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HIV: Therapeutic Strategies for Guilt, Uncertainty, and Taking ControlHIV: Therapeutic Strategies for Guilt, Uncertainty, and Taking Control

Section 1
Emotion Dysregulation in HIV (Part 1)

CEU Question 1 | CEU Test | Table of Contents | Introduction | HIV/AIDS CEU Courses
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New Content Added: To update the content we have added HIV/AIDS information found at the end of the Table of Contents.

On this track and the next track, we will discuss managing emotions.  Clearly, your HIV positive client may be emotionally upset in some of the same ways as Chad.  Some of the emotions Chad, age 28, experienced were anger, depression, fear, guilt, and uncertainty.  Chad had contracted HIV through anal sex with another man.  The reasons for Chad’s emotions were clear to me without much explanation.  As you listen to this track, consider how traditional emotional management techniques can be changed to apply to HIV positive clients.

#1  Anger
The first of several emotions that Chad experienced after learning that he was HIV positive was anger.  As you know, anger is a normal response for many people when faced with a difficult change.  Chad stated, "It’s just not fair!  I know people who do the same things I did, and they tested negative.  The frustration just keeps building because I see all these people walking around who aren’t sick.  I know they aren’t to blame, but I’m mad enough already without blaming myself!"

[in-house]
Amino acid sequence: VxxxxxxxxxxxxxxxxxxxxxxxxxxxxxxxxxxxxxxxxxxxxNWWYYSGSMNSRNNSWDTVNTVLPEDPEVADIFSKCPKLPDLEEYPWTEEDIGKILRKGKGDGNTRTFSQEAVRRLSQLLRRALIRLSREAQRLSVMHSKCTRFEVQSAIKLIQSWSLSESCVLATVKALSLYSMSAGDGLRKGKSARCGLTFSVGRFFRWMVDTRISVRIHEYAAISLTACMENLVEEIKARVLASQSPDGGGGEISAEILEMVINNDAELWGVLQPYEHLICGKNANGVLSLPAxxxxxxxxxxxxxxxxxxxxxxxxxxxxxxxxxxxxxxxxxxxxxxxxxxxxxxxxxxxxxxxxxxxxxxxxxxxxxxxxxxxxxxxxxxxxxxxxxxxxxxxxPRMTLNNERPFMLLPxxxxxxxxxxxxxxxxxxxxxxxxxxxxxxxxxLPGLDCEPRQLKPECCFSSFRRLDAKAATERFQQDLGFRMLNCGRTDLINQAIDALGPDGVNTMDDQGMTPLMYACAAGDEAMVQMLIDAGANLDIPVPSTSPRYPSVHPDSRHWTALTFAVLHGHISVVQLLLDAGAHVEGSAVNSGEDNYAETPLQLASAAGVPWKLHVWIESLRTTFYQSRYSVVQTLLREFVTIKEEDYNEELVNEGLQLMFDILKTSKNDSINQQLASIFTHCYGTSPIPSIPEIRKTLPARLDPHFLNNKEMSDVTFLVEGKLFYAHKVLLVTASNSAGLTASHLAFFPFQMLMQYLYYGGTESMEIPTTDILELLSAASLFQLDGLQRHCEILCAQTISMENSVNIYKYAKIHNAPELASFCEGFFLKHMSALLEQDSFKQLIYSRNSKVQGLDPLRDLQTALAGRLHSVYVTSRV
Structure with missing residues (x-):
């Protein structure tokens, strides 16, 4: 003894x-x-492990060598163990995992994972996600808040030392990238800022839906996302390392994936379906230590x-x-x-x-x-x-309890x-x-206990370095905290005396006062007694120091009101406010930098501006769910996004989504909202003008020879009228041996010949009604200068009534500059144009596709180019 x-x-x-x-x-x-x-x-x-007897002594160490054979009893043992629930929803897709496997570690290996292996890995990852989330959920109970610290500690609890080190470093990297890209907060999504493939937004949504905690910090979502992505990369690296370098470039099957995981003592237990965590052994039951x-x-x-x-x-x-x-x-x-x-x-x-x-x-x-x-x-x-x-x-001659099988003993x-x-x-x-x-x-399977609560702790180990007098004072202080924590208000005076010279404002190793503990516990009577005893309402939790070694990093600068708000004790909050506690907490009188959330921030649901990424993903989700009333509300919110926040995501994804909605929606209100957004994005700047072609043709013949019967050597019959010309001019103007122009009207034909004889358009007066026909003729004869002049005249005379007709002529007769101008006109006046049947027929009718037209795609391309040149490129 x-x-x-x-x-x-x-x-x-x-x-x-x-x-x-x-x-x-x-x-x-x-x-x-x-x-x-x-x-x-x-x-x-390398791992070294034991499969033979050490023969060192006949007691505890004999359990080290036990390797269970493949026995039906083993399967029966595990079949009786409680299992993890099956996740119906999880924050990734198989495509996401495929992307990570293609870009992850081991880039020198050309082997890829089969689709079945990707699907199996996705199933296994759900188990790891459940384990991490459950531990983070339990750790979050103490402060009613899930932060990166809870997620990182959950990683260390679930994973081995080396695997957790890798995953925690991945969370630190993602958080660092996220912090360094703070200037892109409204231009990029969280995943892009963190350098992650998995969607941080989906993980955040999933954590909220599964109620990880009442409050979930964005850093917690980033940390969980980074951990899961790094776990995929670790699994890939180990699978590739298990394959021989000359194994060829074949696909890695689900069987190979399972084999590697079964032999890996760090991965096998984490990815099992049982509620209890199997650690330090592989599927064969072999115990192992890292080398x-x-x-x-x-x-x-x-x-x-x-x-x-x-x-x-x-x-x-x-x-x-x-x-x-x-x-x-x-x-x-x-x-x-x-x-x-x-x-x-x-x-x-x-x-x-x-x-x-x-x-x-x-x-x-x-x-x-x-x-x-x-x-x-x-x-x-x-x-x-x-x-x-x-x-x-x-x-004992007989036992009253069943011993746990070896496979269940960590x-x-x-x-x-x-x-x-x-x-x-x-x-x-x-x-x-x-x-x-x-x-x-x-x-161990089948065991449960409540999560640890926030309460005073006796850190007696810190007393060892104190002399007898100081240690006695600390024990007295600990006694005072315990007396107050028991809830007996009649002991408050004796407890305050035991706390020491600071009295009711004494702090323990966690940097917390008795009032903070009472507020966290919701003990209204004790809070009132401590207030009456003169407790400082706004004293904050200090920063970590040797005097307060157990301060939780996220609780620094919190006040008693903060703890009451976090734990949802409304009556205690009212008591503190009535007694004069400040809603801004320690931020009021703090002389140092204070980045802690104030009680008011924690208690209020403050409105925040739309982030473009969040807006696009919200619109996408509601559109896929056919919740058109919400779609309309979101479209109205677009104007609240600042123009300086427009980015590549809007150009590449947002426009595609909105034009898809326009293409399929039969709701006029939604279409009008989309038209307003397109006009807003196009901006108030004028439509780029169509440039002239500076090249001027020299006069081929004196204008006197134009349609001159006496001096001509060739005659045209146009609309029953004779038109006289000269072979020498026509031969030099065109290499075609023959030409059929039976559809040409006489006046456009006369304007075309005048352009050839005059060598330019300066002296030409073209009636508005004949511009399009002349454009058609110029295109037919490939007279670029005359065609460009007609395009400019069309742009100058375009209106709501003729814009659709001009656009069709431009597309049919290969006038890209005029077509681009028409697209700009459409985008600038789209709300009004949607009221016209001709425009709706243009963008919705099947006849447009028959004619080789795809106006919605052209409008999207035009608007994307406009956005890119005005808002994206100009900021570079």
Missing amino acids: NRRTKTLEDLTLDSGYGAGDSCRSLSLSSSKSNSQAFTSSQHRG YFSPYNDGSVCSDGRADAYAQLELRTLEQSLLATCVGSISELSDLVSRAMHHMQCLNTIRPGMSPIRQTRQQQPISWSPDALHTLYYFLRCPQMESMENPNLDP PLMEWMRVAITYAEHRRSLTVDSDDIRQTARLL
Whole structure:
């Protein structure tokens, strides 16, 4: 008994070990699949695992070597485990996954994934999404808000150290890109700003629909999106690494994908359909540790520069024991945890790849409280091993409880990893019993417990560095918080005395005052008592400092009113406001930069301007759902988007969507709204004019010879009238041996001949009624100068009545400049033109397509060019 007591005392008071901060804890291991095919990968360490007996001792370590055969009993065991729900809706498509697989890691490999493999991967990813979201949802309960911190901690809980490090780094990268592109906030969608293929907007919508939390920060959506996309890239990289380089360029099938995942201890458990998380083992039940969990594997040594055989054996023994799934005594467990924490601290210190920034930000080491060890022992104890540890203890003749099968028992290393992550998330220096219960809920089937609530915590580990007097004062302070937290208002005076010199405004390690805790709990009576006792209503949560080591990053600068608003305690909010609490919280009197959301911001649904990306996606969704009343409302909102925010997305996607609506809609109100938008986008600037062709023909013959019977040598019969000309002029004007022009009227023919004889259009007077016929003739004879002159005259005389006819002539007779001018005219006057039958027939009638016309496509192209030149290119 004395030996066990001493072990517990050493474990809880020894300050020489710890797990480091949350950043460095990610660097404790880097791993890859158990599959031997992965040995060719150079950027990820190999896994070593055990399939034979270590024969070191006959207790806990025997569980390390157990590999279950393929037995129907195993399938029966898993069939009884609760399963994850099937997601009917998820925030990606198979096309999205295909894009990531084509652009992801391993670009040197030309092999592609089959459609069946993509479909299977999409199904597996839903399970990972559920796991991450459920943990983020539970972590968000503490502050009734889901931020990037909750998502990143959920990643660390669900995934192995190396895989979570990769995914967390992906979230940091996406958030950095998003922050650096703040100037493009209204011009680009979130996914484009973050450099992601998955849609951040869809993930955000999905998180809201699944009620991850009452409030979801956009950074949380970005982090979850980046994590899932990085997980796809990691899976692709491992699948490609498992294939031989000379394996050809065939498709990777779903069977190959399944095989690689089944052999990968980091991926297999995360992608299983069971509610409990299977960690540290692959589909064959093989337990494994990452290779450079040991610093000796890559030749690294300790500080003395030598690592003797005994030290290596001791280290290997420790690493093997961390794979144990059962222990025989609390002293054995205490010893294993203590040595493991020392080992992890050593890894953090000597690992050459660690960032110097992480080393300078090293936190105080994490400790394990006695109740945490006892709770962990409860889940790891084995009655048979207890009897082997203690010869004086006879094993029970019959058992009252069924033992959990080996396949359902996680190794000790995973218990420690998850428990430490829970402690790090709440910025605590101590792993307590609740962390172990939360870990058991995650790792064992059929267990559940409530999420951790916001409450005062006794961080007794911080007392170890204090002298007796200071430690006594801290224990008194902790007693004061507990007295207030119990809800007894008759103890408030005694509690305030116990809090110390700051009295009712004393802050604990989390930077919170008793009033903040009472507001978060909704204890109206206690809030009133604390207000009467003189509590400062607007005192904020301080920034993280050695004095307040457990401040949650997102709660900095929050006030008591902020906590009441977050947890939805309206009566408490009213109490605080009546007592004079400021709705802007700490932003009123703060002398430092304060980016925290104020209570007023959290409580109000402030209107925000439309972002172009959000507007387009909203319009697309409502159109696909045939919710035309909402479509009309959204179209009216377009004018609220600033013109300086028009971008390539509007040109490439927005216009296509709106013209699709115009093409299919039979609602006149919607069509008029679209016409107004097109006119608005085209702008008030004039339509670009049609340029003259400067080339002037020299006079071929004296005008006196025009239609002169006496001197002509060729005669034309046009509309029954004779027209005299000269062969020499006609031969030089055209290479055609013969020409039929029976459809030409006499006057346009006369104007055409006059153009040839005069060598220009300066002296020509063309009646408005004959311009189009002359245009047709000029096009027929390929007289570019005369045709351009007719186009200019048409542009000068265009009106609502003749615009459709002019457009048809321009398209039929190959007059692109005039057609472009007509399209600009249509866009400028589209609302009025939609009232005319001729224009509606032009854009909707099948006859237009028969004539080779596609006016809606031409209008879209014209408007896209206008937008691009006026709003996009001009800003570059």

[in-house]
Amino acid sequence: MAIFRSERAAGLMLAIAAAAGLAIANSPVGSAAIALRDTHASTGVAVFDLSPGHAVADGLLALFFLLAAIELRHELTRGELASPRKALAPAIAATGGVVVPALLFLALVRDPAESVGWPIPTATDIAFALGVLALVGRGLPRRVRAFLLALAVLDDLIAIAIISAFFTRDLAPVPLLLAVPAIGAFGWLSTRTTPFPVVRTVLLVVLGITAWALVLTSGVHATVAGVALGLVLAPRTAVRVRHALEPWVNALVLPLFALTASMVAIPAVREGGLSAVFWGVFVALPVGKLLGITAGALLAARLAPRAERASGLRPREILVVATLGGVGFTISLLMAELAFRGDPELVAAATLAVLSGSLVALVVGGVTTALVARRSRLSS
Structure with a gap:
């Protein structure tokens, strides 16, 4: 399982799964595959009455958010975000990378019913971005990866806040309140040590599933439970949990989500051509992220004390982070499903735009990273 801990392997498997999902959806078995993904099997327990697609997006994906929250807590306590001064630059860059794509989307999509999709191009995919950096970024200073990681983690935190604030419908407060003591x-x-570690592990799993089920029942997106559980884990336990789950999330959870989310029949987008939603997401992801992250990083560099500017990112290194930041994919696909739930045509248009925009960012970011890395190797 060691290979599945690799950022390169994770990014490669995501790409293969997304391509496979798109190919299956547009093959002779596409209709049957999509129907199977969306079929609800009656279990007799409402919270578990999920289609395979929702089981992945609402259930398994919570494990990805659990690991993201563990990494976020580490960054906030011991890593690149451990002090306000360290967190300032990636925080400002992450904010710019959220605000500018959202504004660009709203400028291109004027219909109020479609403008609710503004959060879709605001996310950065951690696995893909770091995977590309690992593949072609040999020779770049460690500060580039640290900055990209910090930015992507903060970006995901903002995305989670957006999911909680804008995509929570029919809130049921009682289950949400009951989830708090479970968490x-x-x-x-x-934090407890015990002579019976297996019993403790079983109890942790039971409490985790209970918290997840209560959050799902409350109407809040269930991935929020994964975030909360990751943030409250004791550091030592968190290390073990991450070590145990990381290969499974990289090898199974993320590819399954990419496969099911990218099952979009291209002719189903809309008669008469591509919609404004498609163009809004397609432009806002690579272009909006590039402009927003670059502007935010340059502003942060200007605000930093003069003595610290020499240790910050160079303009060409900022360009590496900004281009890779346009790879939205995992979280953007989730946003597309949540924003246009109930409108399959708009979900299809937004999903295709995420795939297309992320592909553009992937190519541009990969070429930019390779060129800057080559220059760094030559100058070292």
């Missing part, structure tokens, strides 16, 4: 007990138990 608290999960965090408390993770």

Think of your Chad.  Does your HIV positive client find it easier to feel anger than shame, guilt, resentment, or sadness?  I stated to Chad, "Anger may not feel as bad as some other emotions like resentment, guilt, or sadness.  You can yell and scream at others and it somehow becomes someone else’s problem." Clearly, anger is a justifiable response to an HIV infection.  Chad benefited from allowing himself to be angry, but redirecting his anger became the goal.